Parenting and Internet Safety

Aug 06, 2015

Let’s face it, the world is very different than it was 30, 20, or even 10 years ago. The emergence of the Internet and accessibility of mobile devices has changed the way that children interact with each other and the world.

The dangers that kids face today while online are new to most parents, and require parents to be “digital” parents alongside the role of “real world” parents.  Some new threats that most of parents never faced as children include:

  • Online reputation maintenance and revealing too much personal information
  • Cyberbullying
  • Exposure to inappropriate or unwanted content
  • Internet predators
  • Time wasting apps and games

Parents need to be aware of these threats and vigilant in ensuring that these things don’t create a negative impact in the lives of their children. Below are 4 simple suggestions to help parents in the digital world.

  1. Know what your kids are doing online. This involves asking question, installing reporting software, and being “snoopy”. Just like your Mom asked “who are you talking to on the phone?” parents should do the same with the Internet.
  2. Learn about new technologies and apps. If your kids are using tech and apps that you don’t know anything about, then it’s likely they are doing things or are being exposed to things that you “don’t know anything about.”
  3. Put protection software in place. The Internet is so vast and full of information that most kids will be exposed to content that you don’t want them to see, even without trying. Content Filtering solutions can help prevent unwanted exposure and help keep kids out our mischief when they get curious.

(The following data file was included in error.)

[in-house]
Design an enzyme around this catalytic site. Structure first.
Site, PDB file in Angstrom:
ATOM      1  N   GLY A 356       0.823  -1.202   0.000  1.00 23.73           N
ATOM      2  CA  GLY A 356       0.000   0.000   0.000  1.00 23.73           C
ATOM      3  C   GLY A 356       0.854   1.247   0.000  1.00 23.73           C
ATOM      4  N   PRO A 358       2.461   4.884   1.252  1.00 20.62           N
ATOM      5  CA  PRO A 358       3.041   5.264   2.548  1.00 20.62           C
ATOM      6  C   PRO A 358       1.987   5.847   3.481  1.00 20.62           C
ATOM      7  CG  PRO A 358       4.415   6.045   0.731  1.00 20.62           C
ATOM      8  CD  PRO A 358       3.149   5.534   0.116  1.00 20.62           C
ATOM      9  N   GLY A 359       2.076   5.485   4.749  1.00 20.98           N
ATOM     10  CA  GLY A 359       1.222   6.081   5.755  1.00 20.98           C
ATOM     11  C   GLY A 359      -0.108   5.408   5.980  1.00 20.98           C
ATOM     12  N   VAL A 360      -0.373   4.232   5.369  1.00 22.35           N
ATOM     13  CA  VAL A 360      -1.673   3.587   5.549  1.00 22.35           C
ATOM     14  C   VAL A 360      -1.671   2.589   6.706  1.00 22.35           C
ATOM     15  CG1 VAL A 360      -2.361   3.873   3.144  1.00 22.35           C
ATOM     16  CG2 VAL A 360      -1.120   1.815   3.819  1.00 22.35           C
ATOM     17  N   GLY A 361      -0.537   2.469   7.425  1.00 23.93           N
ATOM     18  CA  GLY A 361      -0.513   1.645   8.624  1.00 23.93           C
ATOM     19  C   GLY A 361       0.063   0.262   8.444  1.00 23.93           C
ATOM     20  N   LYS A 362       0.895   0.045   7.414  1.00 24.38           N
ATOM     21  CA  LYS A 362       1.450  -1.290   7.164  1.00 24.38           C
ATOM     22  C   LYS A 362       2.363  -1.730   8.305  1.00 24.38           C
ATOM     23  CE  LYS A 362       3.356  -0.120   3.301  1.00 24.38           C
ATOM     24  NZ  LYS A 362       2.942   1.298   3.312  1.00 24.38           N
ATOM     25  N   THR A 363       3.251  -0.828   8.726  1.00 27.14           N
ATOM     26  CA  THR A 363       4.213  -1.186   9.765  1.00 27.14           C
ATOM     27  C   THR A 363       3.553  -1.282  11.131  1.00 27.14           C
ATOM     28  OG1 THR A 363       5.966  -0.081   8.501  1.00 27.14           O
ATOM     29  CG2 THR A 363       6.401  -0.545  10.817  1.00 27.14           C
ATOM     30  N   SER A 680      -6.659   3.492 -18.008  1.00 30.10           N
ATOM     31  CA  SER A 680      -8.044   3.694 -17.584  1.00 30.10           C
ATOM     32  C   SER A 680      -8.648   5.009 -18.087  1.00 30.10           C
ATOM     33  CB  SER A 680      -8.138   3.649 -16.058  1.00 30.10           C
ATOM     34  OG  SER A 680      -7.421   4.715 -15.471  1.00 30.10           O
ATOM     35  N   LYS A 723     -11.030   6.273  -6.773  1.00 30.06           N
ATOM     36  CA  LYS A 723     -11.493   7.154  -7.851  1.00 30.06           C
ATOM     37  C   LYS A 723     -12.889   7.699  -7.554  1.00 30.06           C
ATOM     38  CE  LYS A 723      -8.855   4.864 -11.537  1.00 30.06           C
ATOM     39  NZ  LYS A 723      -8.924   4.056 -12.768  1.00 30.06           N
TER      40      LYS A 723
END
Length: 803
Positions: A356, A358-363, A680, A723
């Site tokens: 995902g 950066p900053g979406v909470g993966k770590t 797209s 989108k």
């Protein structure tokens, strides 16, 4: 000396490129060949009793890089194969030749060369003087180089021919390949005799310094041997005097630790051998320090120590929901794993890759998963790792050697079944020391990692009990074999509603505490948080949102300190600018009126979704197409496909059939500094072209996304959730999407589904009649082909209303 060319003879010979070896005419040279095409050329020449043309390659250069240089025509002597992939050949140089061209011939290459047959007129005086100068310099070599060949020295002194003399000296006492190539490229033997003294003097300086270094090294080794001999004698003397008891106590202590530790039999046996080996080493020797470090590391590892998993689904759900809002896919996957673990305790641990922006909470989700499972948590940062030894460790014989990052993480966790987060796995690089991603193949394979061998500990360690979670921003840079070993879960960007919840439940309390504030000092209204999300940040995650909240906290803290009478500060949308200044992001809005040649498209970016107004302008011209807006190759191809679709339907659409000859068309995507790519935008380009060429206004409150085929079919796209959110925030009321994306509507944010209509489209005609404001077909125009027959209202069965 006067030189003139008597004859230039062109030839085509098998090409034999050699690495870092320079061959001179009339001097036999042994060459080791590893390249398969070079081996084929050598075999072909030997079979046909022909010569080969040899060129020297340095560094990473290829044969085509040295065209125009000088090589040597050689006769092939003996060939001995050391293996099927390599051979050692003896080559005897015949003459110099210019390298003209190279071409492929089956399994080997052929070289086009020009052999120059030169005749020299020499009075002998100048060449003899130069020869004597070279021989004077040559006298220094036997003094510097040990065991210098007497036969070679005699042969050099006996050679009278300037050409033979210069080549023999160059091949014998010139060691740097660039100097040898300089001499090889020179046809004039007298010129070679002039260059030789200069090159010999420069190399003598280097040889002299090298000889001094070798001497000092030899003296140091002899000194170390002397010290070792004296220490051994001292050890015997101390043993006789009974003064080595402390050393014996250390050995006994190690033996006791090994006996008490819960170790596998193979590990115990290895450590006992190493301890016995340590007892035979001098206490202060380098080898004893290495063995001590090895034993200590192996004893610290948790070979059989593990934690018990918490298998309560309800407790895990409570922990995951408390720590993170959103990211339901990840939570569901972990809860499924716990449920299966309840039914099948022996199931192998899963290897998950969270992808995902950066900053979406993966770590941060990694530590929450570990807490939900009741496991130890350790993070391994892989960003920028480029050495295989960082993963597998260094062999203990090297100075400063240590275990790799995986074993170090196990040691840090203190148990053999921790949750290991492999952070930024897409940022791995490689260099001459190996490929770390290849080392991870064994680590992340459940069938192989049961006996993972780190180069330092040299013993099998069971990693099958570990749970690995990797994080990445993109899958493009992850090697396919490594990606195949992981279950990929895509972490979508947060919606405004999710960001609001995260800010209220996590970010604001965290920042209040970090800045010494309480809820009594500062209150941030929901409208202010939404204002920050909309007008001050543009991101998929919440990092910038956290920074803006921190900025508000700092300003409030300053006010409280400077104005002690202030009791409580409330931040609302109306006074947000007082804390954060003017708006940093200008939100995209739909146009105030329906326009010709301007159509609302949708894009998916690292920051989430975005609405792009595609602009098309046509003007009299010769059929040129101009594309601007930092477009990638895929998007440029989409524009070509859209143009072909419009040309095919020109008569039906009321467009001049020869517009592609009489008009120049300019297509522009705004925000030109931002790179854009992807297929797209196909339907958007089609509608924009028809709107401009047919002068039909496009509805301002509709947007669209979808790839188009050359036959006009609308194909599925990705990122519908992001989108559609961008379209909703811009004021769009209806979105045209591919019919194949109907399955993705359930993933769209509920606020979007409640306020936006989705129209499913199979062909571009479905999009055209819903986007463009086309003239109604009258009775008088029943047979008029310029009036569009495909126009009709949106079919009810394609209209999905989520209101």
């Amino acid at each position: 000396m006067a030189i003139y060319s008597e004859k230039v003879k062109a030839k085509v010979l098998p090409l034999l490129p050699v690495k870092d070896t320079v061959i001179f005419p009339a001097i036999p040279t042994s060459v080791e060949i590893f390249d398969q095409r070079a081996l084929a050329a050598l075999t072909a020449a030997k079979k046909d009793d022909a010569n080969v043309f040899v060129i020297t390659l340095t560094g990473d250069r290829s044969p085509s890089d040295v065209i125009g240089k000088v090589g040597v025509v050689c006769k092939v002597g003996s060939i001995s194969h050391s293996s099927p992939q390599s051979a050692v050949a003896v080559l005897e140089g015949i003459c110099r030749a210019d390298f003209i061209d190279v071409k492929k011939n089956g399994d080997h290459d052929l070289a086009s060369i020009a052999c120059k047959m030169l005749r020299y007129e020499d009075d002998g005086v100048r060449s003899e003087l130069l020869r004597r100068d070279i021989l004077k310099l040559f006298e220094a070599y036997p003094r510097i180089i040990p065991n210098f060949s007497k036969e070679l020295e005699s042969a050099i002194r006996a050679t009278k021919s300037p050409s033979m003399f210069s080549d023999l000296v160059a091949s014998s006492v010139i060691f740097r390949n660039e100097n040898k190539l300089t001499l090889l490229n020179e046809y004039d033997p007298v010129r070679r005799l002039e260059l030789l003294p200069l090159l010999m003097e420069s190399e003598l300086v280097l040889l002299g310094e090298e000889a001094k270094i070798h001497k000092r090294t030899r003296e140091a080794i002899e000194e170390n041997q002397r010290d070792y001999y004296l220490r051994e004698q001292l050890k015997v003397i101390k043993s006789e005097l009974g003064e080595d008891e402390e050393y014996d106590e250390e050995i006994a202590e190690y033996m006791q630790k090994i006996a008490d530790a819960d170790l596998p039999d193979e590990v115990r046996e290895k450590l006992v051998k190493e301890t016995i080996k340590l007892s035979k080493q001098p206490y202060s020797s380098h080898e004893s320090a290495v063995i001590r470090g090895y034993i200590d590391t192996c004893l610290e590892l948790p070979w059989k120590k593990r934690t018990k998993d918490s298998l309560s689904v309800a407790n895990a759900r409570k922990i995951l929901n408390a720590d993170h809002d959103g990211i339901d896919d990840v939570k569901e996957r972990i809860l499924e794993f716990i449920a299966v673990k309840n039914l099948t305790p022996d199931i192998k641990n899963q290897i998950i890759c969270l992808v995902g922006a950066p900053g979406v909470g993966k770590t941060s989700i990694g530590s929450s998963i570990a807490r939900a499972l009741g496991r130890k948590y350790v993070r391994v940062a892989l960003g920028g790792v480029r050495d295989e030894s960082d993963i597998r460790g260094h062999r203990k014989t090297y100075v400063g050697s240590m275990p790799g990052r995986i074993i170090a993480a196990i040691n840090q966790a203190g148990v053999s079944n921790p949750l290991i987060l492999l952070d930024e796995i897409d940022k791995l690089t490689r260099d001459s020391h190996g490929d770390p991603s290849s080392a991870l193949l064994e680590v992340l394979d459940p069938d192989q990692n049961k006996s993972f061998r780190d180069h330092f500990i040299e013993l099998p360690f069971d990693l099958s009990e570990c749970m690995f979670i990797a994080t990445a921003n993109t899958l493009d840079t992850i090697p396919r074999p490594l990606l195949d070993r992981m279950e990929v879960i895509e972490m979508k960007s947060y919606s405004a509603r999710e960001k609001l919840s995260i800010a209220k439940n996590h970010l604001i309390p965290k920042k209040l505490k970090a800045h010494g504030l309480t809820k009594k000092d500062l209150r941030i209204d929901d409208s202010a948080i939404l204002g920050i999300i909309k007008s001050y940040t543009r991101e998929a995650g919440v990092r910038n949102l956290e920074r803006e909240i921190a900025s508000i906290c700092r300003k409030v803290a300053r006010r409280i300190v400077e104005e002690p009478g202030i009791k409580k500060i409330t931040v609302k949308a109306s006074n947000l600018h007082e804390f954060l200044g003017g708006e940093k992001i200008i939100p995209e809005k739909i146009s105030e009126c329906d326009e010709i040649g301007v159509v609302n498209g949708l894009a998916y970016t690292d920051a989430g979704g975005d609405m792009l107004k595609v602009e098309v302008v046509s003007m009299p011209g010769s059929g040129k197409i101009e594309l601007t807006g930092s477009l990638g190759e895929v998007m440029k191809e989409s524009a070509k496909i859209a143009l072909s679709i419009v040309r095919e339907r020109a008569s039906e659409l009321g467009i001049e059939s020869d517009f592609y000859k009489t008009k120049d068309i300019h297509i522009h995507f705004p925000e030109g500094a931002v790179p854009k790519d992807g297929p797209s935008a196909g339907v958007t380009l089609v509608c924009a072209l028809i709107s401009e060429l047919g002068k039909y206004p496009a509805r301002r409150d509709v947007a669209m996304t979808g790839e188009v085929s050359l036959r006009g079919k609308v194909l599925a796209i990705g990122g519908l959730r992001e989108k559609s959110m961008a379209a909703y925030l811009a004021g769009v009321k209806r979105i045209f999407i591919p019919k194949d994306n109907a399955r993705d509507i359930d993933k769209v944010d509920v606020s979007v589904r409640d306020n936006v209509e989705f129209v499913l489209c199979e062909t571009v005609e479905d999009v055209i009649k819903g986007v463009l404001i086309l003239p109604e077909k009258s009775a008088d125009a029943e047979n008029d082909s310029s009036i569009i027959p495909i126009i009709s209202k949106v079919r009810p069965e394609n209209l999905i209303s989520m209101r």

4. Talk with your kids about Internet Safety. Make rules in your home, bring up the topic frequently. Make it a topic you are comfortable talking about.

As a parent you should be equally concerned with Internet safety, as you are with real world safety. I encourage you to be active and informed about current issues and technologies. This will help you better understand what your children are going through in the daily lives online.

Internet safety is not going to happen by accident, it requires effort and implementation of tools to help you protect your family, and start meaningful dialogue about the threats and pressures our kids deal with online every day.